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Tuesday, February 20, 2007

A useful design tool

Several weeks ago when I was reading Emily Carr's writings I came across her reference to a book called How to See Modern Pictures by Ralph M. Pearson, published in 1925. Carr seemed to think highly of the book so, although I knew it wouldn't be considered "modern" today, I was curious how it might have influenced her work. I located a copy on the Internet and found it very interesting. I discovered a design tool that I think will help my students with composition.

This grid consists of two diagonals from corner to corner and a rectangle or diamond shape connecting the mid-points of the four sides. The diamond-shaped areas within create optimal areas for locating major and minor focal points. The lines suggest movement and turning points across the surface. My students often place objects in dead center or to avoid that, too close to the edge. I'm hoping this grid will help them to avoid these pitfalls.

Pearson describes the division of space in such a way that you can locate your important areas within sections of a grid that is simple and easy to use. I selected a Rembrandt painting at random (The Feast of Belshazzar) to see how it might fit into the grid. It was a good fit. I've read that Renaissance artists revived the practice of using various grids, especially in laying out complicated subjects and large compositions.

I've taught both the rule-of-thirds and rabatment (See The New Creative Artist.), which locate "sweet-spots" at the intersections of lines, but I think I prefer this method of using an area rather than a spot.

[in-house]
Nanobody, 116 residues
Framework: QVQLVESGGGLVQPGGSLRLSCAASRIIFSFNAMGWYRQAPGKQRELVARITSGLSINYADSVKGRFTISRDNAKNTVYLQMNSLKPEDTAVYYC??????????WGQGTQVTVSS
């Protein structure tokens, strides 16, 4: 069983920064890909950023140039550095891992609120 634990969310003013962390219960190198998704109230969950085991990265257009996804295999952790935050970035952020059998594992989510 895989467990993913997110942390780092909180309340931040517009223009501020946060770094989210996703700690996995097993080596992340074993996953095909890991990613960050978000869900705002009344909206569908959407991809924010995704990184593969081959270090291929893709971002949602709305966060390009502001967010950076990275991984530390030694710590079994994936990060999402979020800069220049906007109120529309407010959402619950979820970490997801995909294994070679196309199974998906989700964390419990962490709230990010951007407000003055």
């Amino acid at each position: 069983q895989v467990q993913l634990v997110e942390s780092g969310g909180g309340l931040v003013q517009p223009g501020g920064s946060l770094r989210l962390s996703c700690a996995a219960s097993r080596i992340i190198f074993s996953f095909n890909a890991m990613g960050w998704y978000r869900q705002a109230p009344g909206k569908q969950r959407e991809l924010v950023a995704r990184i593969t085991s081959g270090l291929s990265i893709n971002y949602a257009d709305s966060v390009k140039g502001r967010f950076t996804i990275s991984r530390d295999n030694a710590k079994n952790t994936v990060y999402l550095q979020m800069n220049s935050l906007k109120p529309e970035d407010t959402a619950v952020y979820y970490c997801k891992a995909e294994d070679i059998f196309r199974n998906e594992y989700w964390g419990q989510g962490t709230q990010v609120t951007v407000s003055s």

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Blogger Schuivert said...

Ah! there it is!
Nice you mention it Nita. I have been using this grid for a few years every now and then without being able to remember precisely where I got it from (a book on drawing).
I use it mainly to find the right place and size of elements when making a sketch bigger or when using pictures as a reference.
I think it is nice that one can draw it more or less precise without having to measure. When one starts with the long diagonals you know more or less where the horizontal and vertical middle is so that you can draw the diamant square.
It's drawbacks might be that I sometimes can be tempted to follow the long diagonals and the division into half, something I actually want to prevent.

7:58 PM  
Blogger Nita said...

As long as you avoid the intersection of the long diagonals in the center, it's easy to arrange your composition so the important areas are different measures from all edges. Thanks for commenting, Bart.

9:01 AM  

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